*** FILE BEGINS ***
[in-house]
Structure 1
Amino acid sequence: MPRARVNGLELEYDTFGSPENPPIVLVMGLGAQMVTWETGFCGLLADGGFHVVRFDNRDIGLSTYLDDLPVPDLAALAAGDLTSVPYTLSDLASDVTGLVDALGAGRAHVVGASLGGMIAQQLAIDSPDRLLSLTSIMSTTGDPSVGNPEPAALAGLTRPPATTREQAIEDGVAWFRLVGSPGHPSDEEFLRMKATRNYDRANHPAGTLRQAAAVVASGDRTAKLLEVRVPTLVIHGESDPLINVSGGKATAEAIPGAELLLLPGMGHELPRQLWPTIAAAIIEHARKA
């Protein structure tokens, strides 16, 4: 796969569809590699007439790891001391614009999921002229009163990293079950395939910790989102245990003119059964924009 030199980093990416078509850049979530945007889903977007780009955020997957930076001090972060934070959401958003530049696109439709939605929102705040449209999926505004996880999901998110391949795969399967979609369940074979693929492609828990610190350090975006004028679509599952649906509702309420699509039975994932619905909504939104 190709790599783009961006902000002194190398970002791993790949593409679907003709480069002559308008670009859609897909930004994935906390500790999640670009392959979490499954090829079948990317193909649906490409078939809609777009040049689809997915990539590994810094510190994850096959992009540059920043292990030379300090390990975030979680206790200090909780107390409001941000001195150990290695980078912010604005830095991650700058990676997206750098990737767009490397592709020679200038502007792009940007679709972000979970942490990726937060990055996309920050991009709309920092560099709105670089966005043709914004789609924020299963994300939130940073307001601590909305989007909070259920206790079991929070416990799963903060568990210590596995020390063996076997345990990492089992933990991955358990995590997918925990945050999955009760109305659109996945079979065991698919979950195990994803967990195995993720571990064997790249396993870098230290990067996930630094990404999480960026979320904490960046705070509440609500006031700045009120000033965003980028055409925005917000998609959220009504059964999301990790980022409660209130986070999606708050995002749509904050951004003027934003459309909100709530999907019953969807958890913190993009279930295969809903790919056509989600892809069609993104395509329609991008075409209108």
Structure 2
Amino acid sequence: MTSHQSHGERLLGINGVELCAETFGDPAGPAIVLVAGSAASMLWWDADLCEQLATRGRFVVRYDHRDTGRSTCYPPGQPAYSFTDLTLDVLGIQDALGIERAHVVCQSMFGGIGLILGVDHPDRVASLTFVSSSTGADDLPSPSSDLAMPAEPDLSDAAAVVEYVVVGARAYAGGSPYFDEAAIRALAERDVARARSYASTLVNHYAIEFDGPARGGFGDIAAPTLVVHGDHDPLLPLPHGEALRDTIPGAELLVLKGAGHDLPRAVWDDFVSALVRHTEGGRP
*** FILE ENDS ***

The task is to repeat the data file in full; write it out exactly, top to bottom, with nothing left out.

[in-house]
Structure 1
Amino acid sequence: MPRARVNGLELEYDTFGSPENPPIVLVMGLGAQMVTWETGFCGLLADGGFHVVRFDNRDIGLSTYLDDLPVPDLAALAAGDLTSVPYTLSDLASDVTGLVDALGAGRAHVVGASLGGMIAQQLAIDSPDRLLSLTSIMSTTGDPSVGNPEPAALAGLTRPPATTREQAIEDGVAWFRLVGSPGHPSDEEFLRMKATRNYDRANHPAGTLRQAAAVVASGDRTAKLLEVRVPTLVIHGESDPLINVSGGKATAEAIPGAELLLLPGMGHELPRQLWPTIAAAIIEHARKA
């Protein structure tokens, strides 16, 4: 796969569809590699007439790891001391614009999921002229009163990293079950395939910790989102245990003119059964924009 030199980093990416078509850049979530945007889903977007780009955020997957930076001090972060934070959401958003530049696109439709939605929102705040449209999926505004996880999901998110391949795969399967979609369940074979693929492609828990610190350090975006004028679509599952649906509702309420699509039975994932619905909504939104 190709790599783009961006902000002194190398970002791993790949593409679907003709480069002559308008670009859609897909930004994935906390500790999640670009392959979490499954090829079948990317193909649906490409078939809609777009040049689809997915990539590994810094510190994850096959992009540059920043292990030379300090390990975030979680206790200090909780107390409001941000001195150990290695980078912010604005830095991650700058990676997206750098990737767009490397592709020679200038502007792009940007679709972000979970942490990726937060990055996309920050991009709309920092560099709105670089966005043709914004789609924020299963994300939130940073307001601590909305989007909070259920206790079991929070416990799963903060568990210590596995020390063996076997345990990492089992933990991955358990995590997918925990945050999955009760109305659109996945079979065991698919979950195990994803967990195995993720571990064997790249396993870098230290990067996930630094990404999480960026979320904490960046705070509440609500006031700045009120000033965003980028055409925005917000998609959220009504059964999301990790980022409660209130986070999606708050995002749509904050951004003027934003459309909100709530999907019953969807958890913190993009279930295969809903790919056509989600892809069609993104395509329609991008075409209108």
Structure 2
Amino acid sequence: MTSHQSHGERLLGINGVELCAETFGDPAGPAIVLVAGSAASMLWWDADLCEQLATRGRFVVRYDHRDTGRSTCYPPGQPAYSFTDLTLDVLGIQDALGIERAHVVCQSMFGGIGLILGVDHPDRVASLTFVSSSTGADDLPSPSSDLAMPAEPDLSDAAAVVEYVVVGARAYAGGSPYFDEAAIRALAERDVARARSYASTLVNHYAIEFDGPARGGFGDIAAPTLVVHGDHDPLLPLPHGEALRDTIPGAELLVLKGAGHDLPRAVWDDFVSALVRHTEGGRP